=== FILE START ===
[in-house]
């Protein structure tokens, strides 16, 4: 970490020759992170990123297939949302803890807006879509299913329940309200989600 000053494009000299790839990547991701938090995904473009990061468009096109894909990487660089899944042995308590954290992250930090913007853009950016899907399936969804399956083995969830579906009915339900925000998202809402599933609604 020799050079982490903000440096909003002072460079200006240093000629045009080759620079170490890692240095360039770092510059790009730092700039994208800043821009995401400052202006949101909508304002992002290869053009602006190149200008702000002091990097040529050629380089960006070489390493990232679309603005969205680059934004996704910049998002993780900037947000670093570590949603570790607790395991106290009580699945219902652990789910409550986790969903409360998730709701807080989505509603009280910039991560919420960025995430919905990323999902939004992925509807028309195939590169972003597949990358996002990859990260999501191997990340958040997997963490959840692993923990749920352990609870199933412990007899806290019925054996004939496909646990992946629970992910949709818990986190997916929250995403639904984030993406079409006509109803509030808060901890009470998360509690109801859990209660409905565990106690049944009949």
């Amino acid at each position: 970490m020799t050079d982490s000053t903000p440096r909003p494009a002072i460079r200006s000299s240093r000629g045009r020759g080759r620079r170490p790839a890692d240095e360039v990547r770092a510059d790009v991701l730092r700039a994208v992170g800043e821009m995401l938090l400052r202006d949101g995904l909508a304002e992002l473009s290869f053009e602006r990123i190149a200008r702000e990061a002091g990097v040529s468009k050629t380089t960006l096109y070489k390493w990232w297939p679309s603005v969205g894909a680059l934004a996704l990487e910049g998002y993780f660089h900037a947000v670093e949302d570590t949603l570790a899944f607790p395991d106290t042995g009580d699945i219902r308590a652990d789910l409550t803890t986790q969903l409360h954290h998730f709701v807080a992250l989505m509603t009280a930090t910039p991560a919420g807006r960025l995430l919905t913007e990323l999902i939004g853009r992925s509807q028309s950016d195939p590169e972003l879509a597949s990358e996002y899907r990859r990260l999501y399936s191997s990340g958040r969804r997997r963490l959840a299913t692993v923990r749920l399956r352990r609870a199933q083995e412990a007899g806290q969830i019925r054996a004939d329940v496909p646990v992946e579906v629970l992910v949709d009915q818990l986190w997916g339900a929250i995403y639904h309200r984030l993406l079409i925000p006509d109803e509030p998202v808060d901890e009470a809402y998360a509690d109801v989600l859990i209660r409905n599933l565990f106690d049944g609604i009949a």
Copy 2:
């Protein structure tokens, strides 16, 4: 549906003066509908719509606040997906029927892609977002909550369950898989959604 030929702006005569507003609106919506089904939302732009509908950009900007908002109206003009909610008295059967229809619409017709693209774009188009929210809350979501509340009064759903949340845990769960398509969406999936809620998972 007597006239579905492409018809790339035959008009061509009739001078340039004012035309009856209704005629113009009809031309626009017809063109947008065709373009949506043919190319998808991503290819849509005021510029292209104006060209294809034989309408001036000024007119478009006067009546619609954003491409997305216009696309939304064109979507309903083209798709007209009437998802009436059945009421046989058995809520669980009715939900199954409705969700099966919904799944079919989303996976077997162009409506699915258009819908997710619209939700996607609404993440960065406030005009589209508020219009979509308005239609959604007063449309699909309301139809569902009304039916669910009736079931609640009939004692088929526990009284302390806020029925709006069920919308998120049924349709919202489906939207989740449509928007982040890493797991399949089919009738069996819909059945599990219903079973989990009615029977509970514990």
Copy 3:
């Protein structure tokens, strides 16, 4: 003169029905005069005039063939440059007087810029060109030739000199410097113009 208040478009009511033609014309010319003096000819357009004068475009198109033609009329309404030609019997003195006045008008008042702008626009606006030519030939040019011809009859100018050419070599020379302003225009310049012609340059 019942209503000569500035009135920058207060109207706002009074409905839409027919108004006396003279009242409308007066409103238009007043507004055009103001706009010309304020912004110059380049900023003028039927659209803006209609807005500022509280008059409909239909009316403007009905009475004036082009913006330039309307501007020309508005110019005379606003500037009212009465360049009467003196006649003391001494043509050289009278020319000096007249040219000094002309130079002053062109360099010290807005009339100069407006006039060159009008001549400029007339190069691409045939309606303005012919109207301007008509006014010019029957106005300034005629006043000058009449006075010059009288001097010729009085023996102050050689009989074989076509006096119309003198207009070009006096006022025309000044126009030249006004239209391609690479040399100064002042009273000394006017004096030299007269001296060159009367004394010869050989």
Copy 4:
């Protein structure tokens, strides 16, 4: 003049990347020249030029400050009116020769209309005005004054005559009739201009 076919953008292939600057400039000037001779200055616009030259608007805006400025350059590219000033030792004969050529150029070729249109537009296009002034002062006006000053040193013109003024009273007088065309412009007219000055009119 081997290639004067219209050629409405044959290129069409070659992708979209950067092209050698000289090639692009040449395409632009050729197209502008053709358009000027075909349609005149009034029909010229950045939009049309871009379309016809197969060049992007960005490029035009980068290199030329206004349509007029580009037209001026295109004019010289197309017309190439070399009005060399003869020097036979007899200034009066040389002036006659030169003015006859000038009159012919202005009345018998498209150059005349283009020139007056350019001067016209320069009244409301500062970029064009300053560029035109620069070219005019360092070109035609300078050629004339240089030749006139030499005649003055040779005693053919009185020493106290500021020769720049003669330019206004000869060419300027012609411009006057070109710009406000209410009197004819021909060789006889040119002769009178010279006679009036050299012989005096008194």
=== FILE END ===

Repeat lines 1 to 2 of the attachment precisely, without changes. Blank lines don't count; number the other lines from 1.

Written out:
[in-house]
């Protein structure tokens, strides 16, 4: 970490020759992170990123297939949302803890807006879509299913329940309200989600 000053494009000299790839990547991701938090995904473009990061468009096109894909990487660089899944042995308590954290992250930090913007853009950016899907399936969804399956083995969830579906009915339900925000998202809402599933609604 020799050079982490903000440096909003002072460079200006240093000629045009080759620079170490890692240095360039770092510059790009730092700039994208800043821009995401400052202006949101909508304002992002290869053009602006190149200008702000002091990097040529050629380089960006070489390493990232679309603005969205680059934004996704910049998002993780900037947000670093570590949603570790607790395991106290009580699945219902652990789910409550986790969903409360998730709701807080989505509603009280910039991560919420960025995430919905990323999902939004992925509807028309195939590169972003597949990358996002990859990260999501191997990340958040997997963490959840692993923990749920352990609870199933412990007899806290019925054996004939496909646990992946629970992910949709818990986190997916929250995403639904984030993406079409006509109803509030808060901890009470998360509690109801859990209660409905565990106690049944009949």